Tuesday, May 11, 2010

Pedal power

On my last post LS from Down and Out In A Brave New World asked about the E- bike and I promised a reply post, so for you mate and anyone else interested here it is.
The e-bike is built around an old mountain bike frame that has been fitted with a hub motor. This motor is laced into the middle of the bikes front wheel. The axle of the motor is then secured to the bikes front forks. When power is provided it spins the wheel around the axle, driving the bike forward. This is a brush-less hub motor and is designed to provide peak efficiency rating of around 85%.


The hub motor was part of a kit I brought from DLM Energy (since vanished from view but you can get the same stuff here) and came already laced/spoked into a 26 inch rim. The kit included three 12AH 12V lead acid batteries in a battery bag, controller with connectors, twist grip throttle, battery cables and electric brakes. The batteries are wired in series to provide 36V, officially the motor is 200 watts  ;-).  Also provided was a charger, extra long stand and pack rack.


The cost of the kit was $850 and I think well worth the money, when compared with the registration and running cost of a car. The e-bike is incredibly cheap to run, costing only about 2c per kilometer. With batteries full, it will travel around 32 kilometers without peddling or around 55 kilometers in pedal assist mode. No taxes, no parking problems, no licensing, no pollution and the motor is virtually silent.


This bike can scoot along a bit and the granny that rides it has been clocked at 40km/h on the flat. She scares the bejezzes out of the local triathlon riders on their training ride as she breezes past them like they were standing still. She also had the local BMX kids stonkered as to why they couldn't keep up with her, until I spilled the beans to one of them in an unguarded moment.


The e bike is Jan's work bike and because she works shifts it gets used a bit at night, a decent light is a must. The lights I use on all my bikes are home made 12volt 20W-halogen with a 23-degree spread. The spotlights, switches and connectors I buy from Jaycar electronics and mount the whole set-up in a piece of tube from a broken hang glider keel. The lights were initially run off a cheap battery drill pack that provided about 30 minutes of light, more than enough for Jan to get to work and back. I have since made up my own battery packs that run a bit longer per charge. Anyone interested in building their own bike light set-up can find information here at the The fat hippy's home made bike lights.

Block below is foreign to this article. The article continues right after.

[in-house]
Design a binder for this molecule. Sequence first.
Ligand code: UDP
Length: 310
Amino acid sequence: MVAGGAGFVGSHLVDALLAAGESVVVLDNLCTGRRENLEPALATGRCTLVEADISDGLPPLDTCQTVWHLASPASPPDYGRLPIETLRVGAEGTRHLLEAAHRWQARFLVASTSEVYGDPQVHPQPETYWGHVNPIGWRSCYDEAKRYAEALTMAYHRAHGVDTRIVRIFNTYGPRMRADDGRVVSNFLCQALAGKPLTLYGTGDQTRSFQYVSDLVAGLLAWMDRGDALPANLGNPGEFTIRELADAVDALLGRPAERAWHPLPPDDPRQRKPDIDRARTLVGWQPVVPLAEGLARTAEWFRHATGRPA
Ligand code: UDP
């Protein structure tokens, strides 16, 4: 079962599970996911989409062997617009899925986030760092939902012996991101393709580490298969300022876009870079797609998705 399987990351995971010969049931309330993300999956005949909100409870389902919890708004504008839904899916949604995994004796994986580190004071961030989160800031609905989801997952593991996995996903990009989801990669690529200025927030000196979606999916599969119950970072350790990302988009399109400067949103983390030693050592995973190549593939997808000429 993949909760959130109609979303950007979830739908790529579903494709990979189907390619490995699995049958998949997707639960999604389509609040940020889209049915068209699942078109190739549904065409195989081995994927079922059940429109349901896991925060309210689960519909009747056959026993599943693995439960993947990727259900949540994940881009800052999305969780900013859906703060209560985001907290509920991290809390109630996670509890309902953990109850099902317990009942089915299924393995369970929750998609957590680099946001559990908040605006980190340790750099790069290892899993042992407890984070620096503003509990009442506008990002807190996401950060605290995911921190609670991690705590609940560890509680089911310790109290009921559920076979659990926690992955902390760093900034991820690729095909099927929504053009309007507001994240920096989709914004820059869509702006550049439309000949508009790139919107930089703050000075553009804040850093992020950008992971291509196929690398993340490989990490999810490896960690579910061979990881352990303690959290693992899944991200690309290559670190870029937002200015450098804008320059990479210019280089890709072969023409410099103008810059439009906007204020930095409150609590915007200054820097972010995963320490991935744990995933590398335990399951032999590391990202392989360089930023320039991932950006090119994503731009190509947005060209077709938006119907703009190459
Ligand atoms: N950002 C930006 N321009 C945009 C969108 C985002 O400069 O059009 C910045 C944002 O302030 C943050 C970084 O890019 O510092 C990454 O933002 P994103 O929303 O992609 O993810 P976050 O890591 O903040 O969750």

I'll do the rest of my bikes in another post sometime soon.

4 comments:

nevyn May 12, 2010 at 10:23 AM  

I'm jealous. I have an electric power assist bike and I still have to pedal the bloody thing.

Does riding at night bother your wife? I work nights and have thought about riding my bike but I'm not quite game enough.

LS May 12, 2010 at 3:06 PM  

Thanks for posting the details of the bike Jonesy. That's a great little setup.
It is great to see practical, real world applications of electric vehicles.

Here's a really nice small petrol conversion of a bike that you might like:

http://blog.makezine.com/archive/2010/05/erics_motorized_bike_conversion.html

jonesy May 13, 2010 at 9:00 PM  

Hi nevyn,
peddling's good, it stops your knezzels seizing up :-)

Riding at night is not a problem for us as the town is small, there's not much traffic and hardly any hoons to worry about. With her shift work there is usually only one leg of the trip in darkness.

The bikes all have good lights back and front along with good reflectors in the wheels for side illumination. We both practice defensive riding (treat everything else on the road as if they are out to get you) and at all times be aware of what's going on around you; no walk-man stuck in your ear.

I think a bike is as safe as any other form of transport as long as you take proper care and the bike is kept in good repair. Once you get used to it it's a nicer way to get around and you soon work your life into the speed of the bike.

The home made lights are the way to go and are not that difficult to make yourself. Those el-cheapo 12 vot drill sets will give you a good set of batteries, charger and a handy small drill for those odd jobs. http://www.gmcompany.com/index.cfm?module=products&pid=170

jonesy May 14, 2010 at 8:54 PM  

Hi LS,
that's a neat conversion of a vintage frame. I did look at petrol motors but shied away from them because of the noise factor (I like quiet) and I think the electric motor will be more reliable. So far my setup has been exactly that, the batteries being the only part that wears out. The controller malfunction was just carelessness on my part. A bit more care in securing the wiring would have been in order.

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